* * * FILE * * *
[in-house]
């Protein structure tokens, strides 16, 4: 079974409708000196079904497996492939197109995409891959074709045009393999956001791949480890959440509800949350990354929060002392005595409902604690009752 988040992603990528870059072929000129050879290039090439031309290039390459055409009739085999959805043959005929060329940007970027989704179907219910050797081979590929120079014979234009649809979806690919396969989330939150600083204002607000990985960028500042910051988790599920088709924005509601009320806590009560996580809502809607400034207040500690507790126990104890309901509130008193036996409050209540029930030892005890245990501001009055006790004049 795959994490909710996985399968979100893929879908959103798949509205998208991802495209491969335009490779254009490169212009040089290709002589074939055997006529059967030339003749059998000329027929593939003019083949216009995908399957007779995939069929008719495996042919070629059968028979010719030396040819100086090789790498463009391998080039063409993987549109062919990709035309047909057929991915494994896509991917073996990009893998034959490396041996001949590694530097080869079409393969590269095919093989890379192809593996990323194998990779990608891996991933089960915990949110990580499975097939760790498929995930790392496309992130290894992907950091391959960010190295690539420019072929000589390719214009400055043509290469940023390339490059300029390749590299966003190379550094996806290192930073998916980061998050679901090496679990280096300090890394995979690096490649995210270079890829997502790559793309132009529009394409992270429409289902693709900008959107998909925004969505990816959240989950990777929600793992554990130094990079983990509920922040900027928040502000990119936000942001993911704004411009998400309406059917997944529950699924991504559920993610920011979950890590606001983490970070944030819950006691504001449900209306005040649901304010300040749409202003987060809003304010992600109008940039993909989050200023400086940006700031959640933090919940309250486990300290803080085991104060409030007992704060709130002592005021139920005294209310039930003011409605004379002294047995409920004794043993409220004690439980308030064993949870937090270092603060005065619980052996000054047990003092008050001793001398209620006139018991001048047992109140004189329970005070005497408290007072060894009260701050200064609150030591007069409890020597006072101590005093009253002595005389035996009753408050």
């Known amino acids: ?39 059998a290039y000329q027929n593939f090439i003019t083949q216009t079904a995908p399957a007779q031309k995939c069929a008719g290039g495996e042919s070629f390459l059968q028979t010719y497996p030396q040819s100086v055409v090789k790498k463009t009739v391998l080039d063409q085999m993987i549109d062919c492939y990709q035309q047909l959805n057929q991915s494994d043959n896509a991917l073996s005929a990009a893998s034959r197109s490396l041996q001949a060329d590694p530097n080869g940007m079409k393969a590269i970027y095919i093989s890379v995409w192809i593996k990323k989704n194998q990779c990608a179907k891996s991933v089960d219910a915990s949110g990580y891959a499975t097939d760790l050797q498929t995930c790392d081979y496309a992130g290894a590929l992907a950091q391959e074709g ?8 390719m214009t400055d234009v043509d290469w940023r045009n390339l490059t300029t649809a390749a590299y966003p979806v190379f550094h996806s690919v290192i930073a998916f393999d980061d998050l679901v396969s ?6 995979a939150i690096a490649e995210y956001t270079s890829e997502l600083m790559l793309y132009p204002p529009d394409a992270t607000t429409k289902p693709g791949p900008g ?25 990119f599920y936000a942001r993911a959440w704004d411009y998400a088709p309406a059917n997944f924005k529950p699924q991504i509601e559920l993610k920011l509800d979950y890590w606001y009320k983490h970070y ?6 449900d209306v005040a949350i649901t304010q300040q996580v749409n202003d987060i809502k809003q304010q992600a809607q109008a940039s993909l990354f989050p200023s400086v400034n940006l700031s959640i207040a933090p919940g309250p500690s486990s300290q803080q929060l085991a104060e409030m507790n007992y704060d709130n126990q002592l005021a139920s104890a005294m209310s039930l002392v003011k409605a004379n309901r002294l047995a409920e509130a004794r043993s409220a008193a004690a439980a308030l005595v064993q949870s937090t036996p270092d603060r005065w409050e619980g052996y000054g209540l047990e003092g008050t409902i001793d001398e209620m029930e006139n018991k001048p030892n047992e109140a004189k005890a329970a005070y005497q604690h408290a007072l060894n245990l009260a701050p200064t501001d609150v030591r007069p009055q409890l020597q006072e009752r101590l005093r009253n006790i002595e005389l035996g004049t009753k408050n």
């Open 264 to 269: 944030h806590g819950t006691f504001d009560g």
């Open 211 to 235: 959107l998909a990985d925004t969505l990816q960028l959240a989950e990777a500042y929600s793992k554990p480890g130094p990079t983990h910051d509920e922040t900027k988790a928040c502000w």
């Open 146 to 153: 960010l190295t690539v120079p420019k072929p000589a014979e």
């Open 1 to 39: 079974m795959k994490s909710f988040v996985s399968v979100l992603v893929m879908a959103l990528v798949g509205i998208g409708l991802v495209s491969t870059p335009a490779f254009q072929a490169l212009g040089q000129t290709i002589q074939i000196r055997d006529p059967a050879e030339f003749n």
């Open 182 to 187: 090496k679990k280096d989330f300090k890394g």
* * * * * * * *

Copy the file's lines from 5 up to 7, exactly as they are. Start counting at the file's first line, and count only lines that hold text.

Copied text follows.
């Open 211 to 235: 959107l998909a990985d925004t969505l990816q960028l959240a989950e990777a500042y929600s793992k554990p480890g130094p990079t983990h910051d509920e922040t900027k988790a928040c502000w």
């Open 146 to 153: 960010l190295t690539v120079p420019k072929p000589a014979e």
């Open 1 to 39: 079974m795959k994490s909710f988040v996985s399968v979100l992603v893929m879908a959103l990528v798949g509205i998208g409708l991802v495209s491969t870059p335009a490779f254009q072929a490169l212009g040089q000129t290709i002589q074939i000196r055997d006529p059967a050879e030339f003749n």